Reading binary files
drsalists at gmail.com
Mon Aug 31 05:27:55 CEST 2009
David Robinow wrote:
>>> This works for a simple binary file, but the actual file I'm trying to
>>> read is give throwing an error that the file cannot be found. Here is the
>>> name of the my file:
>>> Should python have trouble reading this file name or extension?
>> I'm having trouble with the filename:
>> It throws an error with that file name, When I change it to something like
>> sample.txt it runs, but the data is still garbled. Is there any reason why I
>> can't use the above file name? If I'm using 'rb' to read the binary file why
>> is it still garbled?
> I don't think it's garbled. It's a binary file. What do you expect?
> It's been over ten years since I've worked with any JSTARS stuff so I
> can't give you any details but you almost certainly have some sort of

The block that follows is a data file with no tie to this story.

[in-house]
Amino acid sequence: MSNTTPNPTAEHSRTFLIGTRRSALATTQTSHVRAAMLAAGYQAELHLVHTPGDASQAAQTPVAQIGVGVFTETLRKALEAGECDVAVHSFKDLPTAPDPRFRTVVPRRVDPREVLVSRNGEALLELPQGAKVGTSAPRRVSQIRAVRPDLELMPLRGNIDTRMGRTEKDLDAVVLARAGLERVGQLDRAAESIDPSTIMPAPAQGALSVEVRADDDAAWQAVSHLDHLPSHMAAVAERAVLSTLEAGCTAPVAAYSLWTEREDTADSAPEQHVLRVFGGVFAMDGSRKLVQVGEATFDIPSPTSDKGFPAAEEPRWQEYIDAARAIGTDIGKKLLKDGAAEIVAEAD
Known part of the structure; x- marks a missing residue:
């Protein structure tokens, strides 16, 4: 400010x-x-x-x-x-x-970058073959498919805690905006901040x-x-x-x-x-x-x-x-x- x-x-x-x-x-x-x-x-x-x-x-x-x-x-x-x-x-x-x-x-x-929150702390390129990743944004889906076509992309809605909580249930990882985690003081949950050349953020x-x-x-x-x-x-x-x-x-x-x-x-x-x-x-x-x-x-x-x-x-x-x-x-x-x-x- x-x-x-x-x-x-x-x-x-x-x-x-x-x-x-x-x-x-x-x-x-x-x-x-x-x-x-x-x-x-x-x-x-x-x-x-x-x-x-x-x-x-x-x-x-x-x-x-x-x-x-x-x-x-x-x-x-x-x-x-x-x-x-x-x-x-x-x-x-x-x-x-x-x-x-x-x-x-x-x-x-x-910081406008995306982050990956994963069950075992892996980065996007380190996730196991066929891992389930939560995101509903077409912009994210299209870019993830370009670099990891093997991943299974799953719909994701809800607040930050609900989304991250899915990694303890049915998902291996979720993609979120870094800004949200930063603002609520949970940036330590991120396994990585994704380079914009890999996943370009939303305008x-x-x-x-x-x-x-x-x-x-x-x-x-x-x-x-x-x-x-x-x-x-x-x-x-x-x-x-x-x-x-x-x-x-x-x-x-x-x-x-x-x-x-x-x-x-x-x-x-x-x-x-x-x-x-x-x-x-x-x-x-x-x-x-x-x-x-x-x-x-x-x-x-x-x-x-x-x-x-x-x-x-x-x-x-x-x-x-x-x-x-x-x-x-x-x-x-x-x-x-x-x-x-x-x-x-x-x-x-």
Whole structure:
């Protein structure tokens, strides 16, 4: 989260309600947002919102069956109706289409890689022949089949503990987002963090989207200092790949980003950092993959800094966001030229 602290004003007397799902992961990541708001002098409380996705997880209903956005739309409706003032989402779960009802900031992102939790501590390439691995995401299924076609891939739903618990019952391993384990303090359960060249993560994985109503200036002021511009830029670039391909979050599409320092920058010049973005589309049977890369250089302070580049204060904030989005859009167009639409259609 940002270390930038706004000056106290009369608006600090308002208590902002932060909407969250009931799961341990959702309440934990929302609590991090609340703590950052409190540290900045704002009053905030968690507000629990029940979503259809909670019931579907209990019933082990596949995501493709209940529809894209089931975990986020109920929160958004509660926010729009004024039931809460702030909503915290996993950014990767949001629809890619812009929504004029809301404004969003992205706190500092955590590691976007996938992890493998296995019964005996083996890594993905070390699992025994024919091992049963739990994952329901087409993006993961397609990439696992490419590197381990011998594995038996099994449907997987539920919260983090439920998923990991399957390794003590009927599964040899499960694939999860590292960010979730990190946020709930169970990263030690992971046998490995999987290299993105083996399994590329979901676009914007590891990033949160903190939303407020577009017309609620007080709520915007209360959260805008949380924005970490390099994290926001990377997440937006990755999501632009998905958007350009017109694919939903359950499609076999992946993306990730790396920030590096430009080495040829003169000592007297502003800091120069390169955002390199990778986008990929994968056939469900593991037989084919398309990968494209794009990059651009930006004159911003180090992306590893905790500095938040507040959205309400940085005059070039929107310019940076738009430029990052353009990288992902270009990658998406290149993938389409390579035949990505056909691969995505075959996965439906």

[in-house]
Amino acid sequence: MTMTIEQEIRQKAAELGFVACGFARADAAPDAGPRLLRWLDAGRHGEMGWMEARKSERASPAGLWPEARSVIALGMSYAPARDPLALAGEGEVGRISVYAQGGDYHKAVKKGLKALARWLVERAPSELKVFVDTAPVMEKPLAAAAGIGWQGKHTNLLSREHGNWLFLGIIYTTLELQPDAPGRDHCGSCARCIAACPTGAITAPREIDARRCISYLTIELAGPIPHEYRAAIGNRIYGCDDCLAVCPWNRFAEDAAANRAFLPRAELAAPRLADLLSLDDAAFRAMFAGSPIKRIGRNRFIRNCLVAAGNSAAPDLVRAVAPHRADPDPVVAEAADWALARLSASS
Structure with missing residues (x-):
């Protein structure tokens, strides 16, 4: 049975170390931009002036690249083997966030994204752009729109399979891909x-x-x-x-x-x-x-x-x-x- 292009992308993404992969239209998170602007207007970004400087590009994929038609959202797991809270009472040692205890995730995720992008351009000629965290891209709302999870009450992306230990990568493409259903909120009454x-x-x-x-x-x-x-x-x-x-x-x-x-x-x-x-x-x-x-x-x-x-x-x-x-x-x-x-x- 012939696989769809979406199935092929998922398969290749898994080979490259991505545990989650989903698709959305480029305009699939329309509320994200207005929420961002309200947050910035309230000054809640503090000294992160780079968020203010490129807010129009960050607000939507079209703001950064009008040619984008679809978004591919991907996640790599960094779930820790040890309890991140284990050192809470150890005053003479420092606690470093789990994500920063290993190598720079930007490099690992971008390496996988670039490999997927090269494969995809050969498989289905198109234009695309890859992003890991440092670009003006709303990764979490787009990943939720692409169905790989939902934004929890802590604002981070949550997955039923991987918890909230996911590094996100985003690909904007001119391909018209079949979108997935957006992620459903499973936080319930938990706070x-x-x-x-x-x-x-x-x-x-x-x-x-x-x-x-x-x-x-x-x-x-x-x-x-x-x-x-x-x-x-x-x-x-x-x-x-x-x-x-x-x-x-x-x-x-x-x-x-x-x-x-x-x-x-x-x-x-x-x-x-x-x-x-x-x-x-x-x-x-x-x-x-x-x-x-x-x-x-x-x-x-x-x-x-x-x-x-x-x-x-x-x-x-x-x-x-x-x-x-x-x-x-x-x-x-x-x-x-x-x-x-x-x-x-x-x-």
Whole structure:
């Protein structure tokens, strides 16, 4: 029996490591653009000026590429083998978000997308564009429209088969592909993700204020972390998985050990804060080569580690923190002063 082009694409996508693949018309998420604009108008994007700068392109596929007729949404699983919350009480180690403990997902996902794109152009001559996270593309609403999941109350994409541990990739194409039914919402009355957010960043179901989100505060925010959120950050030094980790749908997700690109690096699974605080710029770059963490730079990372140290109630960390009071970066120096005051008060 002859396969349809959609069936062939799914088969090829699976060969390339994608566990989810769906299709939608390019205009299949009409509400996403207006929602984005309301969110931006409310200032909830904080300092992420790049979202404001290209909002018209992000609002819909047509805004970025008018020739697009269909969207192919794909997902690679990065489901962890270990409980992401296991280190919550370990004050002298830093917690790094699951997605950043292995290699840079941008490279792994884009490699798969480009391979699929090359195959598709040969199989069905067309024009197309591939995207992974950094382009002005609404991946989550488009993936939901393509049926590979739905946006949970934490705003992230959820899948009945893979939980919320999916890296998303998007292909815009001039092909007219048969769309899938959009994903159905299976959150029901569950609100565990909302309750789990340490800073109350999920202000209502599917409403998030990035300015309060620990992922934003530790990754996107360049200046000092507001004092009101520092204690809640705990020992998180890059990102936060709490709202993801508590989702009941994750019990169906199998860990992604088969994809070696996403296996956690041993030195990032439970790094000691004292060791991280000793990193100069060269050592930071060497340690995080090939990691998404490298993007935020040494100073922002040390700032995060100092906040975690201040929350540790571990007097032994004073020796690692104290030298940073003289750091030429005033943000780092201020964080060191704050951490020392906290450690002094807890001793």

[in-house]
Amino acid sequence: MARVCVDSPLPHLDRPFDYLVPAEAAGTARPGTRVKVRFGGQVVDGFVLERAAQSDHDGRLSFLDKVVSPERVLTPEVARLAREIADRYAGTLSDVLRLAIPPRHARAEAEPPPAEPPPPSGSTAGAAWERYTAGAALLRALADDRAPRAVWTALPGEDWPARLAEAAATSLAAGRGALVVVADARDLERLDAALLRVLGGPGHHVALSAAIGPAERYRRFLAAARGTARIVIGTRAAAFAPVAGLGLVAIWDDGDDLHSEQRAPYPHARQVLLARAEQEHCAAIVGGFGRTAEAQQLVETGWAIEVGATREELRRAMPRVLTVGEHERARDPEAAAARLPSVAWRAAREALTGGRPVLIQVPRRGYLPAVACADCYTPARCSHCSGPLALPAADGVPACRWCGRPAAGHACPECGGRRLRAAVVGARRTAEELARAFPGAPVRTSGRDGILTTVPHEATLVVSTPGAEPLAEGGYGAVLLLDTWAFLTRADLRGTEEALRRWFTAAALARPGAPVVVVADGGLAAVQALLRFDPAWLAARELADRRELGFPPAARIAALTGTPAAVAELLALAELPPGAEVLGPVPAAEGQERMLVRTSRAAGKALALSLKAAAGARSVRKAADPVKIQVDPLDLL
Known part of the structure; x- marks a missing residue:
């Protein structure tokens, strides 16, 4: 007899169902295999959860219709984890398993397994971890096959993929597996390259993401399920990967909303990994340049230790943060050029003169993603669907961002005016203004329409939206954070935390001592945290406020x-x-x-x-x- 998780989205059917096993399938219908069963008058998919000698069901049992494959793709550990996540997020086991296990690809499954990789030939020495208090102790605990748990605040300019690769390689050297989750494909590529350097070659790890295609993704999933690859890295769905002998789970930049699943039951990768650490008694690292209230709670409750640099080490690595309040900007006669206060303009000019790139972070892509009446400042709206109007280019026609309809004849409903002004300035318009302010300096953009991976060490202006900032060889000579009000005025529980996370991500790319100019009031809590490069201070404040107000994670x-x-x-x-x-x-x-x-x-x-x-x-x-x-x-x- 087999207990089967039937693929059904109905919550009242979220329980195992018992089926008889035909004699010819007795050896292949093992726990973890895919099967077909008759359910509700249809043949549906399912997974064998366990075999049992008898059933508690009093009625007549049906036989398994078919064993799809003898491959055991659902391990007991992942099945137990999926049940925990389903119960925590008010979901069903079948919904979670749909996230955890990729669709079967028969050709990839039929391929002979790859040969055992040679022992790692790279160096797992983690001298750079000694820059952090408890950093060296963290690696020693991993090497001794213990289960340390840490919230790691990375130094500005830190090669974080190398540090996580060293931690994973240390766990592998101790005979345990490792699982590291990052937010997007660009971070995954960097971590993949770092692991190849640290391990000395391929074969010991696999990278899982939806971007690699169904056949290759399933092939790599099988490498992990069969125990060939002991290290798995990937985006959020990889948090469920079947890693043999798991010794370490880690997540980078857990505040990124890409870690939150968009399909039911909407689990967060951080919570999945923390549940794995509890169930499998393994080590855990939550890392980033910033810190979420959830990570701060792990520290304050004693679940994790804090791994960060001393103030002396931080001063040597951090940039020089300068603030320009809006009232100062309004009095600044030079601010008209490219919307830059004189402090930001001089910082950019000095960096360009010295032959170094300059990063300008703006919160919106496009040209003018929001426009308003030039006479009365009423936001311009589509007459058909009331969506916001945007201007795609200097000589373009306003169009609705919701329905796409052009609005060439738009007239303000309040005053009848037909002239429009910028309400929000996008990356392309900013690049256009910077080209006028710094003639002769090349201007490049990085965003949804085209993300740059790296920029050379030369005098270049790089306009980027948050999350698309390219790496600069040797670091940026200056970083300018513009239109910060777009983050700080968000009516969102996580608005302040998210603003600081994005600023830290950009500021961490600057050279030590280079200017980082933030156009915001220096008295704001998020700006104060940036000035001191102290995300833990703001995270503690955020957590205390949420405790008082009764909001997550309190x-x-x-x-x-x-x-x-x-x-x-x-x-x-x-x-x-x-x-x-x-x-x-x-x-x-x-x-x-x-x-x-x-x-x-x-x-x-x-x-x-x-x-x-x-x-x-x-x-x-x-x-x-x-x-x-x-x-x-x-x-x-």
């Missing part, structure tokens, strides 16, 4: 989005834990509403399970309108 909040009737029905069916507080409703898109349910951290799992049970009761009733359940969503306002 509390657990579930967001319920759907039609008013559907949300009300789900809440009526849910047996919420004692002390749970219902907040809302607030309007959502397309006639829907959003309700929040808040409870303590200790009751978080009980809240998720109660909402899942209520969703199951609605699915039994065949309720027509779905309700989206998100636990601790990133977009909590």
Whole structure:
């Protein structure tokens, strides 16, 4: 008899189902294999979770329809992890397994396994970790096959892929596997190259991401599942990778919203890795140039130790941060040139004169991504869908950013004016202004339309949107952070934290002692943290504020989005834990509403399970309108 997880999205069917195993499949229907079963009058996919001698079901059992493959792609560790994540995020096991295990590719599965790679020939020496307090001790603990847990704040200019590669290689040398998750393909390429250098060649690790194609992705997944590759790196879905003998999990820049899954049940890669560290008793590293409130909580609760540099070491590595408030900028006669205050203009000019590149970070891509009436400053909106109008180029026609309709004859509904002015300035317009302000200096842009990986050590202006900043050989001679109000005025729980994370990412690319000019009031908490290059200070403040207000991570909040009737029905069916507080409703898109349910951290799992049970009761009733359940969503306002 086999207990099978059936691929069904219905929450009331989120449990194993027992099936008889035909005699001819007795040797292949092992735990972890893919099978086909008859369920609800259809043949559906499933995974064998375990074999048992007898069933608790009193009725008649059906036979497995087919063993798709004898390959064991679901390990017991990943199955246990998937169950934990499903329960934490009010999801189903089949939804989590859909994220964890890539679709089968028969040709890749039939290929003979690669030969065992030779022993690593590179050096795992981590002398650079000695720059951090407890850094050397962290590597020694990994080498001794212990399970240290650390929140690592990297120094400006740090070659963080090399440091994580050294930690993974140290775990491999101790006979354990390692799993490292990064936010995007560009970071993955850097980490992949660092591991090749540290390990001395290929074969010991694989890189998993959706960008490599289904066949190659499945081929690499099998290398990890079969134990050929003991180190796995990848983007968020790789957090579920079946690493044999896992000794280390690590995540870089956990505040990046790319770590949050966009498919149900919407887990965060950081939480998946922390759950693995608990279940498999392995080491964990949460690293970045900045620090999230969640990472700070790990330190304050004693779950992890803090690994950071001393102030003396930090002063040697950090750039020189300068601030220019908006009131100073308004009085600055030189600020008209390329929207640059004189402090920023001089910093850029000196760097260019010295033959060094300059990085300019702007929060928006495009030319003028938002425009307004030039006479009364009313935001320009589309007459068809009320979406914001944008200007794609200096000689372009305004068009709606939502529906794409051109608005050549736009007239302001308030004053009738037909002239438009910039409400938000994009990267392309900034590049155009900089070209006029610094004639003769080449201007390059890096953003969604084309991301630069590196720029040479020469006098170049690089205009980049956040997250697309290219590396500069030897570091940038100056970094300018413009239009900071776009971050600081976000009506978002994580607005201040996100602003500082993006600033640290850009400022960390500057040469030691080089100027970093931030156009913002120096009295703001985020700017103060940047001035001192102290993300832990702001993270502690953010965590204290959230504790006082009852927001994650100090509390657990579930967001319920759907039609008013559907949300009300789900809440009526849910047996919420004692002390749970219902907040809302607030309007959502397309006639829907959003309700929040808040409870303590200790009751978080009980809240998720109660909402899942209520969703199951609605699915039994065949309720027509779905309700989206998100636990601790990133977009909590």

> imagery. The military has a lot of bizarre formats and whoever sent
> you the data should have included a data sheet describing the format
> (or a pointer to such). Ideally, you'll also get a pointer to code to
> read the thing, but sometimes you just have to bite the bullet and
> write a program to process the file.
> (If all else fails, look at a dump of the first 512 bytes or so;
> often the image size is included at the beginning; maybe in ASCII, 16
> bit ints, 32 bit ints, floating point -- who knows)
> There've been times when I had to just display the thing at 512 or
> 1024 bytes (or ints) per row and try to surmise the info from that.
> So, look for the file description.
> Googling a bit: I see there's a package at
> which purports to handle some JSTARS stuff. I've no idea if that will help you.
If you don't find anything preexisting for reading JSTARS format, this
More information about the Python-list